And sometimes, preservation comes at the cost of accessibility, or safety, or other issues that Baron Haussmann might have been thinking of. In June, I visited a historical house in Toronto, where retired volunteers gave tours and baked buttery biscuits on a stove from Victorian-era recipes. At the end of it, our tour guide said that “a building barely two hundred years old might not feel very old, but at the rate new condos are rising, soon enough we won’t have much to call history.” I agree and disagree. Preservation is indeed important, but the condos – much as some people might not like them – do serve a social function. They make housing more accessible for people like my family, and can be more energy-efficient and resource-efficient. How do we break down and rebuild when necessary? (The Dongdaemun Design Plaza comes to mind as a good example. Gentle urban renewal in Vienna, too. )
2. The other (related) issue is that Paris is not an accessible city. Lugging around a suitcase up and down endless stairs, not just in buildings but also on the subway, was quite a workout. I ended up moving out of the first apartment because the room was uncomfortably tight and the hike upstairs draining. Moving in and out was almost even more of a hassle, but it was what I had to do. I knew beforehand that the subway doors were not automatic, but I hadn’t anticipated how hard I would have to pull the handle to open them! For all of these reasons, or perhaps because of my post-Bonn fatigue, even spending a few days in Paris felt exerting. Constantly being bombarded by things – street vendors, traffic and people, even beautiful things to see – did not help.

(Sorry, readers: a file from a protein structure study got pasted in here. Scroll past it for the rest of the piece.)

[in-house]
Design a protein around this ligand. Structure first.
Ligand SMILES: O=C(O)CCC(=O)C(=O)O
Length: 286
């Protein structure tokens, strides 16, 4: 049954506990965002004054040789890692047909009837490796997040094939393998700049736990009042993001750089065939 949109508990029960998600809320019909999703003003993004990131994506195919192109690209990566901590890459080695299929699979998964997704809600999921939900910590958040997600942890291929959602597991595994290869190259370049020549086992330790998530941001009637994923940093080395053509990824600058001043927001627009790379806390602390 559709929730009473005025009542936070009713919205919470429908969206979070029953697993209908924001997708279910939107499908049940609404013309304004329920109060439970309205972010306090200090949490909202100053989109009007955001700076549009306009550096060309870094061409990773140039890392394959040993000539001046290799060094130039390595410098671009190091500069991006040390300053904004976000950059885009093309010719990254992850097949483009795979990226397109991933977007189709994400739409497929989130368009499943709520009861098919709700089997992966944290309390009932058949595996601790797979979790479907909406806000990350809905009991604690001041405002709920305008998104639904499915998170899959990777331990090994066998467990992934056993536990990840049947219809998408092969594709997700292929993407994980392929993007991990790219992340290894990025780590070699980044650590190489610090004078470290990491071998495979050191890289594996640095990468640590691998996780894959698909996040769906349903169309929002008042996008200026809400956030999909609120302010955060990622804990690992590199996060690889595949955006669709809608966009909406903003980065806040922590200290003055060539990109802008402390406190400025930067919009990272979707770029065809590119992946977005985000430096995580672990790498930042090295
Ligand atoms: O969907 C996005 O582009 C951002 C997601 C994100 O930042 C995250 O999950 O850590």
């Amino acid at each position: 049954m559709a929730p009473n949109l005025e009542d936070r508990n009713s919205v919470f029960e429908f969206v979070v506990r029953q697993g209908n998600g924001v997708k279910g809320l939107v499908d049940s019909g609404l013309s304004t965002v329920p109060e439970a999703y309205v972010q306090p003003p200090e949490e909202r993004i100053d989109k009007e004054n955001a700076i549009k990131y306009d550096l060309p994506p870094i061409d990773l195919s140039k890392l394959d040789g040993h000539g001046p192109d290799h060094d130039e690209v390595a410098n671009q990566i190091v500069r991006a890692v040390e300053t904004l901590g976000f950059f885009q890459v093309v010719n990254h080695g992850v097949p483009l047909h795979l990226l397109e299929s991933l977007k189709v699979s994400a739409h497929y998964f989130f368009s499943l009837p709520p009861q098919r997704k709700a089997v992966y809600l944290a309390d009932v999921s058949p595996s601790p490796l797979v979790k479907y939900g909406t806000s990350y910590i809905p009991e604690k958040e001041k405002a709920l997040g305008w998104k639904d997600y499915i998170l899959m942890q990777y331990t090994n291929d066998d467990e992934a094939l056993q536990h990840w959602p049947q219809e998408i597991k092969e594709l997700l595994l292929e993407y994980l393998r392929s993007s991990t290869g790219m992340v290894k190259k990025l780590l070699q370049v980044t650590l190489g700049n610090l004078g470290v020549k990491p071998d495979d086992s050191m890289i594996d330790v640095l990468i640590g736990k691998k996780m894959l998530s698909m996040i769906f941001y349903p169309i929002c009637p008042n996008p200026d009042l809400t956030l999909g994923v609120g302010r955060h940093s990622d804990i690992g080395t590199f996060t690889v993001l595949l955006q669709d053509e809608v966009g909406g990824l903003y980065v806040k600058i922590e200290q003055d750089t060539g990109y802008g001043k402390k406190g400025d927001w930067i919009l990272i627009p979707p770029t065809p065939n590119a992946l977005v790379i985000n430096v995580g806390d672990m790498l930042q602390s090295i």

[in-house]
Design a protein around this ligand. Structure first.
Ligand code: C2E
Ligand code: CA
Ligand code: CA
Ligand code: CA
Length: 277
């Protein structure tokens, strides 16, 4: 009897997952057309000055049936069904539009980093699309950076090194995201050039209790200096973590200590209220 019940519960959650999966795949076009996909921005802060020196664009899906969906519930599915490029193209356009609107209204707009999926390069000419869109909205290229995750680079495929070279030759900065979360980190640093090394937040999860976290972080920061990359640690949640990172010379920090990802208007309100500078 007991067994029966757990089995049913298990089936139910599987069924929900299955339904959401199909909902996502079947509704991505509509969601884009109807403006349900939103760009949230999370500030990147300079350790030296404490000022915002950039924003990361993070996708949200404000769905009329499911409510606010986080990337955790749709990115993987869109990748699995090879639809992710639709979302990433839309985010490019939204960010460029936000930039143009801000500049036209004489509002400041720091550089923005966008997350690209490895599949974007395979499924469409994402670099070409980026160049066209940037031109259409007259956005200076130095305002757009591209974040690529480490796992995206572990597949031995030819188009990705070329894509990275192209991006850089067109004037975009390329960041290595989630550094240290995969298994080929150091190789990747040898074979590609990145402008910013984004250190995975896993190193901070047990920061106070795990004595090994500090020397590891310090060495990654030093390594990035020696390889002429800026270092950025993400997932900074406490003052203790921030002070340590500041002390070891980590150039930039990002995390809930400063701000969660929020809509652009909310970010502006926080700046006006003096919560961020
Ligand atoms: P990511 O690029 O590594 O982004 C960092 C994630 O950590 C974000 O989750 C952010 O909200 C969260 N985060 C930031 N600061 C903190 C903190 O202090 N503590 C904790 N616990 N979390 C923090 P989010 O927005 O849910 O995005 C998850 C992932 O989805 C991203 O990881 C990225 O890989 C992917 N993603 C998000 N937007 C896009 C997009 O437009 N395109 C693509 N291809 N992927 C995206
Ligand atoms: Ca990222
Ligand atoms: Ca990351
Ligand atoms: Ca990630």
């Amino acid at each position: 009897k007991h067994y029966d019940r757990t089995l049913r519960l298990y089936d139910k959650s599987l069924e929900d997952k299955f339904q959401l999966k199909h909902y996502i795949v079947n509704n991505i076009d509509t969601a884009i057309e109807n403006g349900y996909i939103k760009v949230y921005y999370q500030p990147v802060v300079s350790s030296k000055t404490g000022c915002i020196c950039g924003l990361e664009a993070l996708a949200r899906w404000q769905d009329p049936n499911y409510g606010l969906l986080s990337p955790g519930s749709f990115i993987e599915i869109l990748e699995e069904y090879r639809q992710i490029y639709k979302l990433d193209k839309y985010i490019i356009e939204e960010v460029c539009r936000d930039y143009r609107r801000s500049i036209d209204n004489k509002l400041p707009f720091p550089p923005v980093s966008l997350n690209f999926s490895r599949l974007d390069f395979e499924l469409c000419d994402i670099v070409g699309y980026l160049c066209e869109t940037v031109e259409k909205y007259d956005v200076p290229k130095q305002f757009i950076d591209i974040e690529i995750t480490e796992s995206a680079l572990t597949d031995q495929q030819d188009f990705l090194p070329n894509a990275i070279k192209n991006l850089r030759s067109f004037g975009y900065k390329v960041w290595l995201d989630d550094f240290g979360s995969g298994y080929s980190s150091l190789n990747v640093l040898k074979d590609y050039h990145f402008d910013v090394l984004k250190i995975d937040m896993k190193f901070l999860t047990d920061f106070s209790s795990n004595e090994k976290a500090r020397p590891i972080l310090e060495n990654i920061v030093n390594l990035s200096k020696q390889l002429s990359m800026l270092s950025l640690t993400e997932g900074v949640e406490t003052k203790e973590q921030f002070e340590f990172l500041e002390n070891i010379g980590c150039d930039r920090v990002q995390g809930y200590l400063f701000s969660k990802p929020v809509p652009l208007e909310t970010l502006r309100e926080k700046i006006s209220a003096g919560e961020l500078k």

Travel can be tiring. This realization, perhaps, was my version of Paris Syndrome. Like many people who claim to enjoy adventures and exploration, I am automatically disinclined to seek the familiar, or to profess to seeking the familiar. Maybe it’s just a part of the millennial snobbery to which all of us have fallen prey.
3. Still, Paris is Paris for a reason. By now it should no longer be a big deal that, when travelling, I will see works of art that I associate with textbooks or movies. Yet it strikes me every time every time I visit a “big” museum – such as the MOMA in New York or the Belvedere and MuseumsQuartier in Vienna – that some works of art are so inspiring in real life, and that many of them do live up to the hype. Sometimes I think that “famous” works of art are “famous” for a reason. Van Gogh’s paintings, too familiar to the modern eye from cheap printed frames and plastic souvenirs, almost brought tears to my eyes in real life.
The Musée D’Orsay and the Centre Pompidou were the highlight of my time in Paris, even though museums can sometimes lose meaning and become something one does for the sake of pretentious conversations. Once I let go of the thought that I had to cram as many sights I could into my itinerary, the things that I chose to see meant more.
It is hard to be an honest tourist because the stakes are so high. When you have left home and invested much of your time, money and energy into seeing new things, it is difficult to admit that some things do not live up to expectations, and that checking off every box in the must do-see-eat list is a fast track to burnout. But who agreed on the list of things we deem important and historical? Who sets the trends ands standards, and is it that bad to conform?